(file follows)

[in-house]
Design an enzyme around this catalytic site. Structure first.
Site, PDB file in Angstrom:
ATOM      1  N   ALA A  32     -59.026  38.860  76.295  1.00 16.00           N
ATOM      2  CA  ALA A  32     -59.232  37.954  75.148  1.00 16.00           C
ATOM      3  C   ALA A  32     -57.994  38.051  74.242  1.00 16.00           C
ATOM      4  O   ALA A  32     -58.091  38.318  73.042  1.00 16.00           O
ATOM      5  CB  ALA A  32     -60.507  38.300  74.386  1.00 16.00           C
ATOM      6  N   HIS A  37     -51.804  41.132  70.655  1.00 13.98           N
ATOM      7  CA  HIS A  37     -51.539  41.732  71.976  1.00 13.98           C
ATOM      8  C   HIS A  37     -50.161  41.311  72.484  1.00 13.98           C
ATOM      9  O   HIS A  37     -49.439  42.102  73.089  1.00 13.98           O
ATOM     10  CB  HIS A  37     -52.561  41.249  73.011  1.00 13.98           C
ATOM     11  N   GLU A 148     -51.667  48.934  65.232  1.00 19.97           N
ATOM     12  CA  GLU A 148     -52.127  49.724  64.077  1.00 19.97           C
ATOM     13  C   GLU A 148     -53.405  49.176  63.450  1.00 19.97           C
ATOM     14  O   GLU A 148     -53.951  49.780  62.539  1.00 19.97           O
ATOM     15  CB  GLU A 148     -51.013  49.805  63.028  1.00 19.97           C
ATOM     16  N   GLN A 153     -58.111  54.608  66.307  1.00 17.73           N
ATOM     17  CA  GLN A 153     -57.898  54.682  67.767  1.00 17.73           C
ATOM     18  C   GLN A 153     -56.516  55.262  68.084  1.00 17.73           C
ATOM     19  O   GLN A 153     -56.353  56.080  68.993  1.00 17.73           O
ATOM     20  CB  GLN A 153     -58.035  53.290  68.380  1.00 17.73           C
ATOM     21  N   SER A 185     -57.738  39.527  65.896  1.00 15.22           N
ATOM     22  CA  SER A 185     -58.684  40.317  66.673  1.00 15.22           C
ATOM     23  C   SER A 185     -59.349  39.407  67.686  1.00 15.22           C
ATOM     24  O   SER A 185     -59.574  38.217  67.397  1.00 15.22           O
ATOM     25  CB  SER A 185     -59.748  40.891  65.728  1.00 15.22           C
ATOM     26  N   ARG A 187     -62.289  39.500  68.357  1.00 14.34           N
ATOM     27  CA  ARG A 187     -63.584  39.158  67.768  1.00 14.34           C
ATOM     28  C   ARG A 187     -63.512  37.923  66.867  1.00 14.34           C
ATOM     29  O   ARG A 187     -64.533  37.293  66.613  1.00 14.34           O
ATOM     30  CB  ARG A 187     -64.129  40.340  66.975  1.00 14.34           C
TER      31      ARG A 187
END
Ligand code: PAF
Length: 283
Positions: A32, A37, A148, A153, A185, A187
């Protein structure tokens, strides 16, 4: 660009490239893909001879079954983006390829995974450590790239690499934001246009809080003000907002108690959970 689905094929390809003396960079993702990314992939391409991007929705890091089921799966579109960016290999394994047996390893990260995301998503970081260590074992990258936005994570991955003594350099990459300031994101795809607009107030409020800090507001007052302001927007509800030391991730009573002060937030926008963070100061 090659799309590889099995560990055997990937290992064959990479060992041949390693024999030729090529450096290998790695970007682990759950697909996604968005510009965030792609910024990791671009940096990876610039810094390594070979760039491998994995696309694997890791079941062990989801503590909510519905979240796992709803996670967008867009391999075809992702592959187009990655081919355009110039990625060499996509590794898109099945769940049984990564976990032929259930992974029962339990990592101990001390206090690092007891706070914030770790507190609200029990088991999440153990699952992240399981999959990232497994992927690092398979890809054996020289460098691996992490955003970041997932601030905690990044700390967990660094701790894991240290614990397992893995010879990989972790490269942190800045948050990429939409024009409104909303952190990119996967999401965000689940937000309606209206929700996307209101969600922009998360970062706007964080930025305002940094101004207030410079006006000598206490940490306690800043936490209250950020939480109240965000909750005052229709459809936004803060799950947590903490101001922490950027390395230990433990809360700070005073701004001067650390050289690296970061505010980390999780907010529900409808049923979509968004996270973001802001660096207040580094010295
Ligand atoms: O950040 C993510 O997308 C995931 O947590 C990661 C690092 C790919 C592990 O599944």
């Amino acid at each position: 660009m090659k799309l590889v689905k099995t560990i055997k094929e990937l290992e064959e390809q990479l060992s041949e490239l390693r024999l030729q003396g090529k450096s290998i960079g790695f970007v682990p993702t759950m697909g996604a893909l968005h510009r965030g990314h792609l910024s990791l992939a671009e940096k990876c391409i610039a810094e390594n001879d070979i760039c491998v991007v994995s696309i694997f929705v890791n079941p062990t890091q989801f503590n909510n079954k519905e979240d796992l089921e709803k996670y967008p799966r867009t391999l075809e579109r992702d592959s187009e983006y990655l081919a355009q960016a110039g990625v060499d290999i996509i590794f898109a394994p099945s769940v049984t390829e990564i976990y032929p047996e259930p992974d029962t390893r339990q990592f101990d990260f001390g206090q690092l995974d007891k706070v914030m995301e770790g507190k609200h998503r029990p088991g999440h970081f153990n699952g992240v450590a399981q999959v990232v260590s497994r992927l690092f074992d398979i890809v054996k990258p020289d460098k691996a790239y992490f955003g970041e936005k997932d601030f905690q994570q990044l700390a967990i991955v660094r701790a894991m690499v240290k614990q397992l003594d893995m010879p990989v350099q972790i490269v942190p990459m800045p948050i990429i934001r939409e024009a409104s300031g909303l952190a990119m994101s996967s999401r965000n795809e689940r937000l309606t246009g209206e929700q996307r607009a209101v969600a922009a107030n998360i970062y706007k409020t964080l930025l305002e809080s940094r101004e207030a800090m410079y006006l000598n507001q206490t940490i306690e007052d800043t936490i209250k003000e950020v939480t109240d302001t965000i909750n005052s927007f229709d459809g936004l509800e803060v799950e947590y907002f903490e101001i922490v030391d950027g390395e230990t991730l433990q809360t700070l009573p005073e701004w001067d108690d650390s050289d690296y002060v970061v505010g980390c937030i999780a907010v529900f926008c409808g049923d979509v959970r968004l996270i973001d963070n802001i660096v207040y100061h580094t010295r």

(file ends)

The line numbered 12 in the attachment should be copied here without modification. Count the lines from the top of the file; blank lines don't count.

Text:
ATOM      9  O   HIS A  37     -49.439  42.102  73.089  1.00 13.98           O